top of page
Lost Rhoades Gold Header.jpg

Lake Mountain North Slope Mine

Lake Mountain was so named because of the lake on top of it. Near this lake, on the north side where the mountain drops off into some dense timber, a group of men on a deer hunt about 15 years ago set up camp. On the second or third day of the hunt one of those men, while hunting in the dense timber of that steep northern slope, came upon an old log cabin and a blazed trail that led him from the cabin to an old abandoned mine tunnel.

Inside the old mine, near the entrance, he found various paraphernalia scattered about which appeared to be of Spanish origin, such as badly rusted helmets and breastplates, mining tools, harnesses and packsaddles, and a 10-inch crucifix made of silver. He had no flashlight with which to explore the depths of the old tunnel to determine what else might have been stored there, so he picked up the tarnished silver cross and returned to camp to inform his friends of his exciting discovery.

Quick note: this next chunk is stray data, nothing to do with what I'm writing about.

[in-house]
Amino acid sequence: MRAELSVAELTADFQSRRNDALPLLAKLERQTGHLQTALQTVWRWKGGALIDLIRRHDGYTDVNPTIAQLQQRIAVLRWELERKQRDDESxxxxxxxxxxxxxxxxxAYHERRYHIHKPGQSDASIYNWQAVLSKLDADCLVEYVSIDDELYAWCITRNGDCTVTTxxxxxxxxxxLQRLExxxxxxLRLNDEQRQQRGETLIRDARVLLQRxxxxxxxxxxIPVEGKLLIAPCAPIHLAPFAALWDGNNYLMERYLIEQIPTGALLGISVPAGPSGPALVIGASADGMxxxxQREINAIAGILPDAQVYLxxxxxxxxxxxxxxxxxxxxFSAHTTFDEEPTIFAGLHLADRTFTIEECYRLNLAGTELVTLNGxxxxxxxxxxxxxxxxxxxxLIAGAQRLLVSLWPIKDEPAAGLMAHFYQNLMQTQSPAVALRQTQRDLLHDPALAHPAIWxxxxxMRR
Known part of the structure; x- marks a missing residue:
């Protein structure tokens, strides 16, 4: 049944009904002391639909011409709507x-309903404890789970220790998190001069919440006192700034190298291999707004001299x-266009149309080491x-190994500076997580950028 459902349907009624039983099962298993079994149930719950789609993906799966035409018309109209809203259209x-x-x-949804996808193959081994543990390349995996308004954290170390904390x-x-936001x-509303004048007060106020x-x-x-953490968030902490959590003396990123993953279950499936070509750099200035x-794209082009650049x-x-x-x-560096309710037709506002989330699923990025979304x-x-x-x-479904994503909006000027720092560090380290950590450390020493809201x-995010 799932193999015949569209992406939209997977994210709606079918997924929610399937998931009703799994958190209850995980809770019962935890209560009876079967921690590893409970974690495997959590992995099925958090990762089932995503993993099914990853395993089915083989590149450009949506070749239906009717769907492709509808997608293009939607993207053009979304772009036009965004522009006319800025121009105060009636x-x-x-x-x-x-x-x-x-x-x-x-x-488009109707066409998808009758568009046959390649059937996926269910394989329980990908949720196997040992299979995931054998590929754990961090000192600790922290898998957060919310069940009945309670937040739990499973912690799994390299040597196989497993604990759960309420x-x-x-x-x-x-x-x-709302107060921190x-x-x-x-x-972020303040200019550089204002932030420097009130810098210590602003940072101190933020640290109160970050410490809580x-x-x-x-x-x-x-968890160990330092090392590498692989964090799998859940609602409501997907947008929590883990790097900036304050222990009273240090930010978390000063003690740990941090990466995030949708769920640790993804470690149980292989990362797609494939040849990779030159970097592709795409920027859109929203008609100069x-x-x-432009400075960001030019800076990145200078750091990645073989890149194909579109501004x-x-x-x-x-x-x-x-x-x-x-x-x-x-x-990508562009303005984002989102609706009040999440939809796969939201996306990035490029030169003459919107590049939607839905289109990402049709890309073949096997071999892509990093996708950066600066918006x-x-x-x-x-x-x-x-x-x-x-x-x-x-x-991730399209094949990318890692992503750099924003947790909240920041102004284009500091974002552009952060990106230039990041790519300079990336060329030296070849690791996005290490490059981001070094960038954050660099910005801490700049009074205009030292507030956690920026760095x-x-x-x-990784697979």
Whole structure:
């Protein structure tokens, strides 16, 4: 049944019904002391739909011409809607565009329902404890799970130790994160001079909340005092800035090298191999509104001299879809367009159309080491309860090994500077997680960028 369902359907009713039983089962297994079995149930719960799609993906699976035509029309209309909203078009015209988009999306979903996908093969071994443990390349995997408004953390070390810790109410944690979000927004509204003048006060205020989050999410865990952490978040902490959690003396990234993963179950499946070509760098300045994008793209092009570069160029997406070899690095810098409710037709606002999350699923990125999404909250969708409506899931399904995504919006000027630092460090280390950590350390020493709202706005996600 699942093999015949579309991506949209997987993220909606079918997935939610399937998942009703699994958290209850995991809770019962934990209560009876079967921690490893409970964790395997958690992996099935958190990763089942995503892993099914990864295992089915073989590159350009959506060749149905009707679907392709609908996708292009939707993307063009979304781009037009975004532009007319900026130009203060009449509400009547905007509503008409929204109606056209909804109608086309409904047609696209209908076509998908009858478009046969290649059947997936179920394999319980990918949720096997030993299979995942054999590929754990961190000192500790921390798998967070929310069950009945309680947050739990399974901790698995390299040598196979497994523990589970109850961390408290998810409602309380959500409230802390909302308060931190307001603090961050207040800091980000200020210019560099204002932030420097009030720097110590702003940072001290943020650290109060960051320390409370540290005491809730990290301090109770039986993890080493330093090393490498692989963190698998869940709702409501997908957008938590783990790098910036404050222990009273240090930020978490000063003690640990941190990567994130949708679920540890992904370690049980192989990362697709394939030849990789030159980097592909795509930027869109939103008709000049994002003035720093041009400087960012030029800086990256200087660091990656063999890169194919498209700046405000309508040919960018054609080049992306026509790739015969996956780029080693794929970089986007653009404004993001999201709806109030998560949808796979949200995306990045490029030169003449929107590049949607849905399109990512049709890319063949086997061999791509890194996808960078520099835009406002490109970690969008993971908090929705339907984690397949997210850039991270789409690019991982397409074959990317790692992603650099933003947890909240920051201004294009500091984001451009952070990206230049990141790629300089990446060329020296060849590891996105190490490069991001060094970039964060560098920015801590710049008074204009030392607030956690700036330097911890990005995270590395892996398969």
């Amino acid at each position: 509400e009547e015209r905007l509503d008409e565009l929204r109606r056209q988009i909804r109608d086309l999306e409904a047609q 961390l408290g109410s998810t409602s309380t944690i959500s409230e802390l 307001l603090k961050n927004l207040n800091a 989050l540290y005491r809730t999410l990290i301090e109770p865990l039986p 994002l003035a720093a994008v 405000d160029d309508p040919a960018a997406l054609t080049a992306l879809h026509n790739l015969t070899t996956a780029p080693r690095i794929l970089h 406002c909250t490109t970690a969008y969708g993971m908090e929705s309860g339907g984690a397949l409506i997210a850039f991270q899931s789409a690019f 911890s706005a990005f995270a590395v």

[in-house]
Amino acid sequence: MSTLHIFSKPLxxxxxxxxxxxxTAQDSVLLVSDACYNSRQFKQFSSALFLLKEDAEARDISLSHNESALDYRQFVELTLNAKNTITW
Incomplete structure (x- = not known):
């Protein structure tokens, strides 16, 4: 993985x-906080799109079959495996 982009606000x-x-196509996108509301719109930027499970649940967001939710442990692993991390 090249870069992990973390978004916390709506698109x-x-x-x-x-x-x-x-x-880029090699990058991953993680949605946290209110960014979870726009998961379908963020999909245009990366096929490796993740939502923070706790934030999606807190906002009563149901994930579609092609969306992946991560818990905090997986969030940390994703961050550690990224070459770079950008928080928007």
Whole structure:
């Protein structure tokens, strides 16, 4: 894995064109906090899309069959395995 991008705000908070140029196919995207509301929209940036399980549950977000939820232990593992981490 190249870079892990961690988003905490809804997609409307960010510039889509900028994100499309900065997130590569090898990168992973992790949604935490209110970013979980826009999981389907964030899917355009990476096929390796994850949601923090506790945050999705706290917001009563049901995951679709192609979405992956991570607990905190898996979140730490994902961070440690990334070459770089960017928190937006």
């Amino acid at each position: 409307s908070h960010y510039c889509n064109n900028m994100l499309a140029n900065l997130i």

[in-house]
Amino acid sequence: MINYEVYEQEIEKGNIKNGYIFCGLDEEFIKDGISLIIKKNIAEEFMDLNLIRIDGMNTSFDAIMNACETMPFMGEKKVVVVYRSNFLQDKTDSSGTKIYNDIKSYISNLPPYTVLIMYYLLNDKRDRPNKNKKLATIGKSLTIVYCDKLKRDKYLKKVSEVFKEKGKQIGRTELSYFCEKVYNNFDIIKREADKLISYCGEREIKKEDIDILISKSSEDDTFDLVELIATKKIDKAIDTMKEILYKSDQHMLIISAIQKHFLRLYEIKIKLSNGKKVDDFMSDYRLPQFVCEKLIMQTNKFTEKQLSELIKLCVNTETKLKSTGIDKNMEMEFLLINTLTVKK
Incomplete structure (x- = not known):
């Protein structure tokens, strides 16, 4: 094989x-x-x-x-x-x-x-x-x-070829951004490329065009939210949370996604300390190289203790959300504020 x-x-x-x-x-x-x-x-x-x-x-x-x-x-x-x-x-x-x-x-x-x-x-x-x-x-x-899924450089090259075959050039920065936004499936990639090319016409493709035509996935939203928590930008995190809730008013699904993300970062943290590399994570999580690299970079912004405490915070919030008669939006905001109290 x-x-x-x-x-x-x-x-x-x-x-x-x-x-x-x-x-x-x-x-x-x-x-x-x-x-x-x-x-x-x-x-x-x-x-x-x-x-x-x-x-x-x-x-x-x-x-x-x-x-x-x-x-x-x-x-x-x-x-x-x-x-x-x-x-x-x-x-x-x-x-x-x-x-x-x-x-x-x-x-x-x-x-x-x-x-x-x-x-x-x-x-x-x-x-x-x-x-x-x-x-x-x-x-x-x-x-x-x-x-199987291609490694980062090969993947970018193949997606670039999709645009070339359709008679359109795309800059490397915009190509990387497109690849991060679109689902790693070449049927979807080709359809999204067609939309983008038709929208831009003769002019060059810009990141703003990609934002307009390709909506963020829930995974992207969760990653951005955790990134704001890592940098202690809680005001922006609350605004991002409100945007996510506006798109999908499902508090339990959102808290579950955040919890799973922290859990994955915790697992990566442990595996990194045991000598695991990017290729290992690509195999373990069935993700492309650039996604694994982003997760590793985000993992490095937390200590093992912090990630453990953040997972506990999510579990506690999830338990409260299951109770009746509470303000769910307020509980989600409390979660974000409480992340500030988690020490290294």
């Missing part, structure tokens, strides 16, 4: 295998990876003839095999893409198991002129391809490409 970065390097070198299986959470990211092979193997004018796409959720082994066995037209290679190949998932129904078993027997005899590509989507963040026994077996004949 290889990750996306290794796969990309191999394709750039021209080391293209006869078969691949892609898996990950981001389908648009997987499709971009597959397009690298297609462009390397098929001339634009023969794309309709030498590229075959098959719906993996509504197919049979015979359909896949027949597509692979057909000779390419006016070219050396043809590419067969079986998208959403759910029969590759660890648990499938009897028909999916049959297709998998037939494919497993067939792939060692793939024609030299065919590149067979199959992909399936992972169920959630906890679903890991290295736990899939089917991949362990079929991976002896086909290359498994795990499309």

Unfortunately, before he could return to the old mine site with his fellow hunters, a freak storm moved in and the deep snow forced them to abandon camp and return home. During the remainder of that fall, one storm after another left a heavy blanket of deep snows upon the mountain which prevented any attempt by this man to relocate the old mine. During the long winter months he could do little more than talk of his exciting discovery, speculate upon what he might find inside the old mine, when he could return, and make plans for an expedition following the spring thaw. But, ironically, his dreams, and the dreams of his friends, were altered dramatically by a strange twist of fate. For, one day, while he was working on his car, the jack slipped and he was crushed to death. Several expedition were later attempted by his family and his friends to relocate the old mine but it could not be found.--Lost Gold of the Uintah, pg. 151

bottom of page